George Washington Papers

To George Washington from James Gibbon, 17 July 1792

From James Gibbon

Petersburg, Virga July 17th 1792


Coll Carrington as Supervisor of the district of Virginia having been obliging enough to suggest to me the resignation of Coll Newton as Inspector of the th4 Suvey and that twas his intention to recommend me to succeed him—I have taken the liberty, in aid of his good offices in my behalf to trouble you with my own application[.] Having already acted under the Supervisors orders it is left for him to say how far I may be Entitled to yr favour in this case.1

The office of Surveyor of the port I have held with a hope that some compensation adequate to its duties wou’d have offerd in ⟨illegible⟩ tho I’ve heretofore been disappointed in this I’m not altogether without hope that a proper representation will yet effect it.2

As the duties of Inspector of the th4 Suvey and that of Surveyor of the customs are in a great degree combin’d and I belive in no instance incompatible so I shall feel myself happy if you Sir shou’d think proper to combine them3 in the instance of him who is with very great respect Yr Oblig’d Humb. Servt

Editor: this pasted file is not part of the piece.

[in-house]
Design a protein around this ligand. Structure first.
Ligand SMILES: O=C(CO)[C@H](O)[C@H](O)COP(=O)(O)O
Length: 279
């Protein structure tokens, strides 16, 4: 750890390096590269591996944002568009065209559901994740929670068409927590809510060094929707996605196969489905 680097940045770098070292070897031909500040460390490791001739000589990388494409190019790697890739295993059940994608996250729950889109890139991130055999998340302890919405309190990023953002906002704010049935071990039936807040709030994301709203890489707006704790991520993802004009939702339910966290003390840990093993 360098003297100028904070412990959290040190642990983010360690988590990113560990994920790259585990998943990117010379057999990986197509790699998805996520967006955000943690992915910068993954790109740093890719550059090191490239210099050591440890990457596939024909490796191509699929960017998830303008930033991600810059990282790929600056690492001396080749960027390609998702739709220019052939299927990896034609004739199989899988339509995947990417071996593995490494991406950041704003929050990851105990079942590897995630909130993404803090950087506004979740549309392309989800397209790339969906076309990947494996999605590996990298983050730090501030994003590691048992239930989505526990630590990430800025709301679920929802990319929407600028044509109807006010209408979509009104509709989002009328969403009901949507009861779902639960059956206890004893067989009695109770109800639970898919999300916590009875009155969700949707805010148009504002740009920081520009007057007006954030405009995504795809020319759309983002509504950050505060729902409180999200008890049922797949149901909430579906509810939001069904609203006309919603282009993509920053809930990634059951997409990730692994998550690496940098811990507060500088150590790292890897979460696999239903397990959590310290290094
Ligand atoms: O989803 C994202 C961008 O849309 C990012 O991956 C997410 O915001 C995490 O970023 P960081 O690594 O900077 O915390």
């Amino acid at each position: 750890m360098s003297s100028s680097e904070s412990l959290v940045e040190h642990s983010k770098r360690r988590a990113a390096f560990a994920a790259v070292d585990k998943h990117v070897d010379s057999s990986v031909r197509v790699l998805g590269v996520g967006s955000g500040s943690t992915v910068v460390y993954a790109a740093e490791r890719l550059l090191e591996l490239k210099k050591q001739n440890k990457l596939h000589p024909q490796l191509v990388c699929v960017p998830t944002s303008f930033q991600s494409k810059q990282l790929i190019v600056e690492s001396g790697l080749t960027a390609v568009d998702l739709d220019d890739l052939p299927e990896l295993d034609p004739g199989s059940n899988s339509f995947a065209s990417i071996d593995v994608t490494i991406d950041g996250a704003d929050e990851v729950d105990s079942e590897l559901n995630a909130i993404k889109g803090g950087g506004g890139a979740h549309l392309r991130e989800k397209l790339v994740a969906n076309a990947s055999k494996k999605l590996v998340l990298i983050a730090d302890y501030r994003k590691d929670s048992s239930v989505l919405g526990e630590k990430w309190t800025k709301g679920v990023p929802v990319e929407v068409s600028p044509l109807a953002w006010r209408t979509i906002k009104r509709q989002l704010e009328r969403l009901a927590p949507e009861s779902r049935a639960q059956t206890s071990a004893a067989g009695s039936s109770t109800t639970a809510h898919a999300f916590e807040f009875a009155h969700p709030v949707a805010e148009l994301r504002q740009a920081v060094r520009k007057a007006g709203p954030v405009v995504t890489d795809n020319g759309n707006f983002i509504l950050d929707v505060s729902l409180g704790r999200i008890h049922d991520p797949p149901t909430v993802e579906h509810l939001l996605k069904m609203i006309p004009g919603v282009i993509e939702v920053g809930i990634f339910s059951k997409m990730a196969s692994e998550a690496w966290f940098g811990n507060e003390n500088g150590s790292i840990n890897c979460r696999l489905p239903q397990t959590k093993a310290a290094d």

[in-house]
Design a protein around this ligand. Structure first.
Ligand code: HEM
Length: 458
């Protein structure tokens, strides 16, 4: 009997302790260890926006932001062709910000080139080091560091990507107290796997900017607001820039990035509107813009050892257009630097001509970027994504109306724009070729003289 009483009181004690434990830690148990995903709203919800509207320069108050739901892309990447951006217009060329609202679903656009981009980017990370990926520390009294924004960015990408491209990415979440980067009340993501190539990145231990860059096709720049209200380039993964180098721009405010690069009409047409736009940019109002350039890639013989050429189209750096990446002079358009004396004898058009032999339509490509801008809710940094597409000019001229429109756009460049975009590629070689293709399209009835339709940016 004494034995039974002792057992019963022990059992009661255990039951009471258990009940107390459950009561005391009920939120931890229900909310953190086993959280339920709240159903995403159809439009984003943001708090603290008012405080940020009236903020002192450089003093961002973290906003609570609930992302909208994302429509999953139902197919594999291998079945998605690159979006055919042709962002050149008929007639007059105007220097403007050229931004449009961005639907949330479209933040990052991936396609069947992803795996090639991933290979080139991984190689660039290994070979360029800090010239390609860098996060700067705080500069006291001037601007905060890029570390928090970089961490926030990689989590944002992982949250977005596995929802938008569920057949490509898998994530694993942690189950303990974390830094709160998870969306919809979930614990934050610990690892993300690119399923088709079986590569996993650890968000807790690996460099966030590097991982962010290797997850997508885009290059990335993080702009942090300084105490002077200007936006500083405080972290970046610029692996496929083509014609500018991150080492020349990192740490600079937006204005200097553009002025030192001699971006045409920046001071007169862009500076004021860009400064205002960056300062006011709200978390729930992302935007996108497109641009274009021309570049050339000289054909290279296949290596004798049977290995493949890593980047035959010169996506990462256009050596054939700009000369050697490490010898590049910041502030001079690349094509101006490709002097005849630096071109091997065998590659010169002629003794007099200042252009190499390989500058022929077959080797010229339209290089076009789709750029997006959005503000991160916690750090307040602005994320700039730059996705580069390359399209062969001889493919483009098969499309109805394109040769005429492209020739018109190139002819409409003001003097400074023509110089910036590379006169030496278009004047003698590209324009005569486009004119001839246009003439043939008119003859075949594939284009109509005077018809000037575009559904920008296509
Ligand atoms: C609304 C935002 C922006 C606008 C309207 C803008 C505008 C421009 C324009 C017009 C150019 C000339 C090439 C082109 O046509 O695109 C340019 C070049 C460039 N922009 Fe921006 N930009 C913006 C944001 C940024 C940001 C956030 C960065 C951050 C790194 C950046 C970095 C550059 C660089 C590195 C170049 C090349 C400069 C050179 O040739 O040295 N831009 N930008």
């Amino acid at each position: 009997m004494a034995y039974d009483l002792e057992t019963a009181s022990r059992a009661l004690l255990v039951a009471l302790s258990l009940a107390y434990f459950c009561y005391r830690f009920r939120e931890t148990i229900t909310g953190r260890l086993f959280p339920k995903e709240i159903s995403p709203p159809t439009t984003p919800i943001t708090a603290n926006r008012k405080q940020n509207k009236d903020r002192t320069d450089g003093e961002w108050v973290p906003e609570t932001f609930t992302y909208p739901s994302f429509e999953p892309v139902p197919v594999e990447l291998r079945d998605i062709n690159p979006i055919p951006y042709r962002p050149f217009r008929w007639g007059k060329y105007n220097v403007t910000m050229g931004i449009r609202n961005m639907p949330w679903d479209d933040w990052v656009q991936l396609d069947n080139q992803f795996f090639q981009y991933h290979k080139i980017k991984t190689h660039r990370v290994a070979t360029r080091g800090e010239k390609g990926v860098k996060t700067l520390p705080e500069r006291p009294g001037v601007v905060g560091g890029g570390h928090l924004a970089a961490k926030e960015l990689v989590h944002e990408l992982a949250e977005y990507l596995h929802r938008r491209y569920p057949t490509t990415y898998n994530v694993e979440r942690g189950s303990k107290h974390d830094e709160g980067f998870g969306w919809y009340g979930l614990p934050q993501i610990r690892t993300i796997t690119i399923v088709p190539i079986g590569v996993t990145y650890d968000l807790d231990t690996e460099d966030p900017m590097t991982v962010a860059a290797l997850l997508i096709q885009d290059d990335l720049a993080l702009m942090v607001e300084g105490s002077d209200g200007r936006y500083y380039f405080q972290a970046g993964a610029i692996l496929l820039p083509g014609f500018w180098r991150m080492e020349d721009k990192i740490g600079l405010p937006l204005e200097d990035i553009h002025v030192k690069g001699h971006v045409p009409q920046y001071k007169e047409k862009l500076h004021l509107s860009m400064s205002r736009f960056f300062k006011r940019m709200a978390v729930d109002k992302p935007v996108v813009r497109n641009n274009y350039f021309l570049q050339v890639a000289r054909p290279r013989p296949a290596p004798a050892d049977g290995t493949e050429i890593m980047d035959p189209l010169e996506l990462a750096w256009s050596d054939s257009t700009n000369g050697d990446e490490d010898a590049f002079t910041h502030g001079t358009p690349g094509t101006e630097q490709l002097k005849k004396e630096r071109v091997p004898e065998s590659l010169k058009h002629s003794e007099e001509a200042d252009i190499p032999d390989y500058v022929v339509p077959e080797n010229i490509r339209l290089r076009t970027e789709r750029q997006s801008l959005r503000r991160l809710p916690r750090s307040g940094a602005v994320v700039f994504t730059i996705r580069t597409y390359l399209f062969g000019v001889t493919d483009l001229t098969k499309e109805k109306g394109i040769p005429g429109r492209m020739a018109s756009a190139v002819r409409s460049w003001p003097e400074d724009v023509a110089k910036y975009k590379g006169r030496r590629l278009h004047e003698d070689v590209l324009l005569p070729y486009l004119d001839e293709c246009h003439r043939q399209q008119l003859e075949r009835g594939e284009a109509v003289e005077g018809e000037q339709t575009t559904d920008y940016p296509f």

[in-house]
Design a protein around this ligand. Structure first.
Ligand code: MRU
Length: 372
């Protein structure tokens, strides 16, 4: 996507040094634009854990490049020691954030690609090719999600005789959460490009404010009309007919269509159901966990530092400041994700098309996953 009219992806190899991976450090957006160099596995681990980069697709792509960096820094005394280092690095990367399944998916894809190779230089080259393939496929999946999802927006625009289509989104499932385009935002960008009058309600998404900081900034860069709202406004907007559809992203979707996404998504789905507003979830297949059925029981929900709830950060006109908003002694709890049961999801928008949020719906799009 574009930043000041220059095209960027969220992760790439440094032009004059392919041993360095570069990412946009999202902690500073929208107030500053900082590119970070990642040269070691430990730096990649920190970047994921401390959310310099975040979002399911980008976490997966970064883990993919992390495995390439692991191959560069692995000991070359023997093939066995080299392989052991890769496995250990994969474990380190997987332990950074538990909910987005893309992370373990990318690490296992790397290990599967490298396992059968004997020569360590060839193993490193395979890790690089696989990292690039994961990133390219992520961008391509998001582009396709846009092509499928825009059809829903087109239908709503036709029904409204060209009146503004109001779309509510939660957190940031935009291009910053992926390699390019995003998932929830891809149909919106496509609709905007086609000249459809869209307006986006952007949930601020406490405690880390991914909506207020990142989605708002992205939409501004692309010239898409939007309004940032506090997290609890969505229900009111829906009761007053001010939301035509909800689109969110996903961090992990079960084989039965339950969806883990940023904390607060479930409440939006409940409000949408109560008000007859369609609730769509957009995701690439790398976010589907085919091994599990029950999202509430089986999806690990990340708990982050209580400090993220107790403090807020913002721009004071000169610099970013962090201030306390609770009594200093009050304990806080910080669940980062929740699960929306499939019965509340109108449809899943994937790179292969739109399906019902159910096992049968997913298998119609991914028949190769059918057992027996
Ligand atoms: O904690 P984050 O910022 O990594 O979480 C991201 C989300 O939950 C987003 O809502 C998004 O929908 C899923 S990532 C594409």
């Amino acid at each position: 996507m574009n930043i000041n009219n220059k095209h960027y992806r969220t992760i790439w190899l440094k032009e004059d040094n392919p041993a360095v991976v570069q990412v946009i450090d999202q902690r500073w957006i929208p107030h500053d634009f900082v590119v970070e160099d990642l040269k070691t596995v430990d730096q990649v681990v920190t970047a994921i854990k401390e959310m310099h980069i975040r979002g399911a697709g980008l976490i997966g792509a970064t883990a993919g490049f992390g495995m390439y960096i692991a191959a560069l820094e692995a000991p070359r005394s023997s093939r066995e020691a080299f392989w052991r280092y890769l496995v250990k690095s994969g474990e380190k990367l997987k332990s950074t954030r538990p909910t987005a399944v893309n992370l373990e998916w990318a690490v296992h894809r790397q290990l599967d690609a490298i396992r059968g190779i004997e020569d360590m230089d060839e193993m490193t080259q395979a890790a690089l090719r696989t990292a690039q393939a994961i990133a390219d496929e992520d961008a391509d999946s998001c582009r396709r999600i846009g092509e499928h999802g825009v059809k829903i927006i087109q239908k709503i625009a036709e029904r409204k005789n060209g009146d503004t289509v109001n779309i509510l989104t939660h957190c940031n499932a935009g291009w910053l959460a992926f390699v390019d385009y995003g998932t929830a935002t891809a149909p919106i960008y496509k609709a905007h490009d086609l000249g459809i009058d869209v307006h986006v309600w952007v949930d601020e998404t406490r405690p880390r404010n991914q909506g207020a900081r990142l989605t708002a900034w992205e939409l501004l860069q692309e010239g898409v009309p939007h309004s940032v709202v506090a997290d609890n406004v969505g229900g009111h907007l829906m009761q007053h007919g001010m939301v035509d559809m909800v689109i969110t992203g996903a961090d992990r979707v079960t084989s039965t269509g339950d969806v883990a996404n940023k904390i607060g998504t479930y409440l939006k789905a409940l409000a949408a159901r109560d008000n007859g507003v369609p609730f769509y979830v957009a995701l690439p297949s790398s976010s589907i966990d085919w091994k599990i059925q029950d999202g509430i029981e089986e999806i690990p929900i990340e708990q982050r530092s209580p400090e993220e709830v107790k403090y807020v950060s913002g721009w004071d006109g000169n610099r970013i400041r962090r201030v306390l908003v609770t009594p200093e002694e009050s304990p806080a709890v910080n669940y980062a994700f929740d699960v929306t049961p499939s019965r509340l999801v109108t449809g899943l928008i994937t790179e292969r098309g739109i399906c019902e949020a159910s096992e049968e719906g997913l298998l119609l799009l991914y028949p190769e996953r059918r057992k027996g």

J. Gibbon


1No written recommendation from Col. Edward Carrington to GW concerning James Gibbon’s appointment as inspector of the fourth survey has been found.

2Gibbon was appointed surveyor of the port of Petersburg, Va., in August 1789, and in March 1792 he became port inspector (see GW to the U.S. Senate, 3 Aug. 1789, 6 Mar. 1792 [third letter]; Executive Journal, description begins Journal of the Executive Proceedings of the Senate of the United States of America: From the commencement of the First, to the termination of the Nineteenth Congress. Vol. 1. Washington, D.C., 1828. description ends 1:14, 104). For Gibbon’s earlier request that he be appointed to a more remunerative post, see Gibbon to GW, 24 Jan. 1790.

3GW did not accede to this request. On 19 Nov. 1792 he nominated Gibbon inspector of the fourth survey, and the Senate consented to Gibbon’s appointment two days later (ibid., 125–26).

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